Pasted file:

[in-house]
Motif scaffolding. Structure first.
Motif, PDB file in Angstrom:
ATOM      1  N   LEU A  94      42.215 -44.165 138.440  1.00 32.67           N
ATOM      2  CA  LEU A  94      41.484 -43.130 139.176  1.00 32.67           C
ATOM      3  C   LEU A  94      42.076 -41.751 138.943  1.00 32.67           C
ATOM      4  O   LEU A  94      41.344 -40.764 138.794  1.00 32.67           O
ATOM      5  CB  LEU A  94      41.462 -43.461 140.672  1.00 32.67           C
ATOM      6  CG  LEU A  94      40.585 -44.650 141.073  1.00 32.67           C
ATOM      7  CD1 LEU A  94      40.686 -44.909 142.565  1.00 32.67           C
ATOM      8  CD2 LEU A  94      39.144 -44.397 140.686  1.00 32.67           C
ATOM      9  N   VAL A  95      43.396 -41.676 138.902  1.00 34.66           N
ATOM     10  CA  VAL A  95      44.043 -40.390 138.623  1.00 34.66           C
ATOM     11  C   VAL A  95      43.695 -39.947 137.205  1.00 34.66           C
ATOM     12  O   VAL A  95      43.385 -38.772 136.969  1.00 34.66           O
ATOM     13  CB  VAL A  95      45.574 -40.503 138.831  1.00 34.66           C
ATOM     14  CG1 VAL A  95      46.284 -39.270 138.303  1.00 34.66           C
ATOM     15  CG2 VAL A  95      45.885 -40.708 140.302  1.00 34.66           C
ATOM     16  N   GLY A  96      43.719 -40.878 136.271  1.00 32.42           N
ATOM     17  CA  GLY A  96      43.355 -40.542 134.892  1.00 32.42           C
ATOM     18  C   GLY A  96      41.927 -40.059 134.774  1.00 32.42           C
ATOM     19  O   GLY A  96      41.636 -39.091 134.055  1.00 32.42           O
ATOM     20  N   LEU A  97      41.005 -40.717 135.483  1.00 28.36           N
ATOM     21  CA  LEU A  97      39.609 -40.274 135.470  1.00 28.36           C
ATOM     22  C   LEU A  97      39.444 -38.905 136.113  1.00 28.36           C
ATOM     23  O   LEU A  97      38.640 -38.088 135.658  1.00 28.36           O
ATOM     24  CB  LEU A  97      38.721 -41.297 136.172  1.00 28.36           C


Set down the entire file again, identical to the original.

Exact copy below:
[in-house]
Motif scaffolding. Structure first.
Motif, PDB file in Angstrom:
ATOM      1  N   LEU A  94      42.215 -44.165 138.440  1.00 32.67           N
ATOM      2  CA  LEU A  94      41.484 -43.130 139.176  1.00 32.67           C
ATOM      3  C   LEU A  94      42.076 -41.751 138.943  1.00 32.67           C
ATOM      4  O   LEU A  94      41.344 -40.764 138.794  1.00 32.67           O
ATOM      5  CB  LEU A  94      41.462 -43.461 140.672  1.00 32.67           C
ATOM      6  CG  LEU A  94      40.585 -44.650 141.073  1.00 32.67           C
ATOM      7  CD1 LEU A  94      40.686 -44.909 142.565  1.00 32.67           C
ATOM      8  CD2 LEU A  94      39.144 -44.397 140.686  1.00 32.67           C
ATOM      9  N   VAL A  95      43.396 -41.676 138.902  1.00 34.66           N
ATOM     10  CA  VAL A  95      44.043 -40.390 138.623  1.00 34.66           C
ATOM     11  C   VAL A  95      43.695 -39.947 137.205  1.00 34.66           C
ATOM     12  O   VAL A  95      43.385 -38.772 136.969  1.00 34.66           O
ATOM     13  CB  VAL A  95      45.574 -40.503 138.831  1.00 34.66           C
ATOM     14  CG1 VAL A  95      46.284 -39.270 138.303  1.00 34.66           C
ATOM     15  CG2 VAL A  95      45.885 -40.708 140.302  1.00 34.66           C
ATOM     16  N   GLY A  96      43.719 -40.878 136.271  1.00 32.42           N
ATOM     17  CA  GLY A  96      43.355 -40.542 134.892  1.00 32.42           C
ATOM     18  C   GLY A  96      41.927 -40.059 134.774  1.00 32.42           C
ATOM     19  O   GLY A  96      41.636 -39.091 134.055  1.00 32.42           O
ATOM     20  N   LEU A  97      41.005 -40.717 135.483  1.00 28.36           N
ATOM     21  CA  LEU A  97      39.609 -40.274 135.470  1.00 28.36           C
ATOM     22  C   LEU A  97      39.444 -38.905 136.113  1.00 28.36           C
ATOM     23  O   LEU A  97      38.640 -38.088 135.658  1.00 28.36           O
ATOM     24  CB  LEU A  97      38.721 -41.297 136.172  1.00 28.36           C